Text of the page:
instituted a required course in physical and solid-state
networks, starting with network topology and extending through electronics for seniors, and had also introduced in the
pole-zero ideas. The treatment stops just short of the Laplace
transform. This course is intended to serve as a foundation for electronics courses for juniors the analysis of some tran-
subsequent courses such as electronic circuits, energy conversion, sistor circuits to complement the more traditional material
and advanced network analysis and synthesis, and has been de- on vacuum-tube circuits. But this was not enough.
veloped with the purpose of providing the student with a unifying Second, certain well-established and less rapidly chang-
point of view for these varied topics. ing fields such at network theory and feedback control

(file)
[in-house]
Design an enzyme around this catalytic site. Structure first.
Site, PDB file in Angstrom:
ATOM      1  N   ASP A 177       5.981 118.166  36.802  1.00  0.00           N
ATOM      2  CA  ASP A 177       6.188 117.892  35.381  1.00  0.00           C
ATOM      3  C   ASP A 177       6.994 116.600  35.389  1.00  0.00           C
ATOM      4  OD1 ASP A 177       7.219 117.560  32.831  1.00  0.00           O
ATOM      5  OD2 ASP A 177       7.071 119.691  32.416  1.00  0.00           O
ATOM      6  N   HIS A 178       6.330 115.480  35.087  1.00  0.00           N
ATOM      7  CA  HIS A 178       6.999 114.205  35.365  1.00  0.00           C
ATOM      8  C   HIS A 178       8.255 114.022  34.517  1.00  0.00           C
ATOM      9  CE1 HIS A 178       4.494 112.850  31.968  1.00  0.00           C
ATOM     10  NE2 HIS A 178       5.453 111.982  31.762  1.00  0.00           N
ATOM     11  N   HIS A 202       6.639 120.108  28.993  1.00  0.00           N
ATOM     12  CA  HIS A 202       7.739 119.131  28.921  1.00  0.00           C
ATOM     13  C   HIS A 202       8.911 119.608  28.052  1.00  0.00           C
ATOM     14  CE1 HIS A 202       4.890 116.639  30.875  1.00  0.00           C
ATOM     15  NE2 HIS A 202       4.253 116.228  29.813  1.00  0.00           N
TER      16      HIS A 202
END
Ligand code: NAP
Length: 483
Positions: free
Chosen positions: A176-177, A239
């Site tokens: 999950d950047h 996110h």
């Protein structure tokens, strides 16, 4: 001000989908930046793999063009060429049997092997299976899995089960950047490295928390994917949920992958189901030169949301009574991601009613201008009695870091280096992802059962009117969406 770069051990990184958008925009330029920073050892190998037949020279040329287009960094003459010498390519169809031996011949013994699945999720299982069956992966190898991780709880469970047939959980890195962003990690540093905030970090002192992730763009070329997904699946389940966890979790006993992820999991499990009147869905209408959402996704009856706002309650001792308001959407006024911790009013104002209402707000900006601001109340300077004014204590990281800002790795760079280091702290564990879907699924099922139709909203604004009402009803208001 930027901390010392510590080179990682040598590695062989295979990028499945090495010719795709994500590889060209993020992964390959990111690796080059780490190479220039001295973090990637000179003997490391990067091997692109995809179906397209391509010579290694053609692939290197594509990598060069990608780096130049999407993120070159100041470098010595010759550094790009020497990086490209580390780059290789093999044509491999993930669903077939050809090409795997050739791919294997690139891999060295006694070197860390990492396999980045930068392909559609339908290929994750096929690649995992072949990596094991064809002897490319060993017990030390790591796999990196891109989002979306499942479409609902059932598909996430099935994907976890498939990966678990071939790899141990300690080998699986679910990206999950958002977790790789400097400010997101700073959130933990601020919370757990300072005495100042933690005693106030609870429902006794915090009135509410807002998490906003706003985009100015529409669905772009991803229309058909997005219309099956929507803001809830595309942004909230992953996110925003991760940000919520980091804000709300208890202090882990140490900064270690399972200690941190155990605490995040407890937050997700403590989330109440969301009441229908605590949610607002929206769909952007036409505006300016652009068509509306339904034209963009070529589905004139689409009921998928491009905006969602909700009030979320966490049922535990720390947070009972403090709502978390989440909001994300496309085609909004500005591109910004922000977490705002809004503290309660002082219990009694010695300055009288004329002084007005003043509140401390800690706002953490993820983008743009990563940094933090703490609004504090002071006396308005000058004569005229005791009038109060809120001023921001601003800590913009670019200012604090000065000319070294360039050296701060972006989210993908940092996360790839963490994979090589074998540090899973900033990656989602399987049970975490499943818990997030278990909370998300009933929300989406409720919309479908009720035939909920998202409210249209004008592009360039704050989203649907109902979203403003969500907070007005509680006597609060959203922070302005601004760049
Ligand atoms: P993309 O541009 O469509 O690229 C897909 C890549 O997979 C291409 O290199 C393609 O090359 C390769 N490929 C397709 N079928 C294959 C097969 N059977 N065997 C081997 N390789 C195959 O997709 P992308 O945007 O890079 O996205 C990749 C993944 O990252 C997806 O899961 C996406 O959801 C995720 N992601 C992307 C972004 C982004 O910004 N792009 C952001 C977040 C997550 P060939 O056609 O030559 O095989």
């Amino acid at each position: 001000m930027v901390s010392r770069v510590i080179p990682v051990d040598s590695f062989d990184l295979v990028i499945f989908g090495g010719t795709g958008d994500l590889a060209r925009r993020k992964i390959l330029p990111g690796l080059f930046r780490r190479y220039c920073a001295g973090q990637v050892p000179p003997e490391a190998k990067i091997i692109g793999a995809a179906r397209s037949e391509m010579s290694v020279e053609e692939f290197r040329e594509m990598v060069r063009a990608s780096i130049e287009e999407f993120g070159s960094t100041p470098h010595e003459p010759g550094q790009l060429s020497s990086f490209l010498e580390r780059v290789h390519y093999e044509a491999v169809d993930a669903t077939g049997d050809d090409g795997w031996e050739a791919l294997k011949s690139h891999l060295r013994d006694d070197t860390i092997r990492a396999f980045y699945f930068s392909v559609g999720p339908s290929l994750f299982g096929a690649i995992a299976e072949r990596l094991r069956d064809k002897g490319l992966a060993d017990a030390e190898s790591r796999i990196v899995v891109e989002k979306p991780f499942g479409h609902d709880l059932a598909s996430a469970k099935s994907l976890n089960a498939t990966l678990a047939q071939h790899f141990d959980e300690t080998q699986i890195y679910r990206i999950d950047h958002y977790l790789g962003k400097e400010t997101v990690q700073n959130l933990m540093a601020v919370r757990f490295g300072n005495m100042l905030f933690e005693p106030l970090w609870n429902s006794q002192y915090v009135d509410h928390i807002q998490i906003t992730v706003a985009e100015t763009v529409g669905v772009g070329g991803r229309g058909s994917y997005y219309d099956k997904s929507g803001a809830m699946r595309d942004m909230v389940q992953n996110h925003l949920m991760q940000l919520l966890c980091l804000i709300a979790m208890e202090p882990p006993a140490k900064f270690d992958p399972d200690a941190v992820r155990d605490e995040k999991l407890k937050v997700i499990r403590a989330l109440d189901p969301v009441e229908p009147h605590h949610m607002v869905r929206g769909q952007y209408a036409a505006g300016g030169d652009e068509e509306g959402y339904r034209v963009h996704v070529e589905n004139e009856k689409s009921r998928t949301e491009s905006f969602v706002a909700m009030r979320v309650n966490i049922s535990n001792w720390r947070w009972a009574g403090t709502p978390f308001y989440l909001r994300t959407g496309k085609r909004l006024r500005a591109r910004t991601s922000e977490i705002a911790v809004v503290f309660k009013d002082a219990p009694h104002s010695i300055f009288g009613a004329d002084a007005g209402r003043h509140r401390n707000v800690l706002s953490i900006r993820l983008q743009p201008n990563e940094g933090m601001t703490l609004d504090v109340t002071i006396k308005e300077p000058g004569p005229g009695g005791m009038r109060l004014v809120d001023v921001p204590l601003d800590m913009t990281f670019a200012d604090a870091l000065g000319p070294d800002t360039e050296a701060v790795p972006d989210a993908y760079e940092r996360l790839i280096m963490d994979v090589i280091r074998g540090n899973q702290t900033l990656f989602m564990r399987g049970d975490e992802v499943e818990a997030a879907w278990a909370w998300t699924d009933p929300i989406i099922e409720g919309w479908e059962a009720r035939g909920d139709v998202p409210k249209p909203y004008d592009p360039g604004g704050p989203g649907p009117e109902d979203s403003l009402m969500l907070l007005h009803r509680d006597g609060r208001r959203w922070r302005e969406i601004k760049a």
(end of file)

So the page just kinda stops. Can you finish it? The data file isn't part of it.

systems were becoming more and more a part of the under-
* Manuscript received by the PGE, August 7, 1959. This paper graduate curriculum, whereas in former years they had
was presented at the IRE Seventh Regional Conference, Albuquer- been restricted to graduate work. It seemed desirable to
que, N.M., May, 1959.
t Dept. of Elect. Engrg., Princeton University, Princeton, N.J. incorporate an introduction to these fields in the required
20 IRE TRANSACTIONS ON EDUCATION February
courses, and to offer elective courses for further work at cepts of electric and magnetic fields, and the application
the senior level. of these concepts in practical situations. We wish him to
Third, the students were arriving as freshmen with obtain a physical picture of phenomena within material
better preparation than before in mathematics and physics. media, and for this reason we discuss the behavior of con-
Thus the freshman courses in those fields were able to ductors, semiconductors, dielectrics, and magnetic ma-
proceed more rapidly, and the minimum science back- terials from a molecular point of view. This discussion is